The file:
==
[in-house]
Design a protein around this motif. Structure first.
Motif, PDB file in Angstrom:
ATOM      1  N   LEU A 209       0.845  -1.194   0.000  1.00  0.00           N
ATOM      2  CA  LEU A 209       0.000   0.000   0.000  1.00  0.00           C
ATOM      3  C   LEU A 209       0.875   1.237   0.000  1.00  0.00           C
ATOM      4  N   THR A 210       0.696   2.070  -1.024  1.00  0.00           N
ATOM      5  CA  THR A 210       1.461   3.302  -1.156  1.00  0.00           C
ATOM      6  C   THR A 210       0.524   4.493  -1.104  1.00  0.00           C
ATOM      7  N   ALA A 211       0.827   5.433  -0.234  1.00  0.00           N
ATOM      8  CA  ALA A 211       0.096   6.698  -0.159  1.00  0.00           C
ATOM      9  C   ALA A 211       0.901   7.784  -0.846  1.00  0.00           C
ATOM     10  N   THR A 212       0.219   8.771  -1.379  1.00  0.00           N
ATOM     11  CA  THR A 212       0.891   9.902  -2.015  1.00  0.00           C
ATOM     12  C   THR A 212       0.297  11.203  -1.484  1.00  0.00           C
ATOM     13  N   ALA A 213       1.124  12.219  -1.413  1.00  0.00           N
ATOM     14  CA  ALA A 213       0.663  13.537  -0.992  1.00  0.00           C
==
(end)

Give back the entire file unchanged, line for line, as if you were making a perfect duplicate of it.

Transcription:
[in-house]
Design a protein around this motif. Structure first.
Motif, PDB file in Angstrom:
ATOM      1  N   LEU A 209       0.845  -1.194   0.000  1.00  0.00           N
ATOM      2  CA  LEU A 209       0.000   0.000   0.000  1.00  0.00           C
ATOM      3  C   LEU A 209       0.875   1.237   0.000  1.00  0.00           C
ATOM      4  N   THR A 210       0.696   2.070  -1.024  1.00  0.00           N
ATOM      5  CA  THR A 210       1.461   3.302  -1.156  1.00  0.00           C
ATOM      6  C   THR A 210       0.524   4.493  -1.104  1.00  0.00           C
ATOM      7  N   ALA A 211       0.827   5.433  -0.234  1.00  0.00           N
ATOM      8  CA  ALA A 211       0.096   6.698  -0.159  1.00  0.00           C
ATOM      9  C   ALA A 211       0.901   7.784  -0.846  1.00  0.00           C
ATOM     10  N   THR A 212       0.219   8.771  -1.379  1.00  0.00           N
ATOM     11  CA  THR A 212       0.891   9.902  -2.015  1.00  0.00           C
ATOM     12  C   THR A 212       0.297  11.203  -1.484  1.00  0.00           C
ATOM     13  N   ALA A 213       1.124  12.219  -1.413  1.00  0.00           N
ATOM     14  CA  ALA A 213       0.663  13.537  -0.992  1.00  0.00           C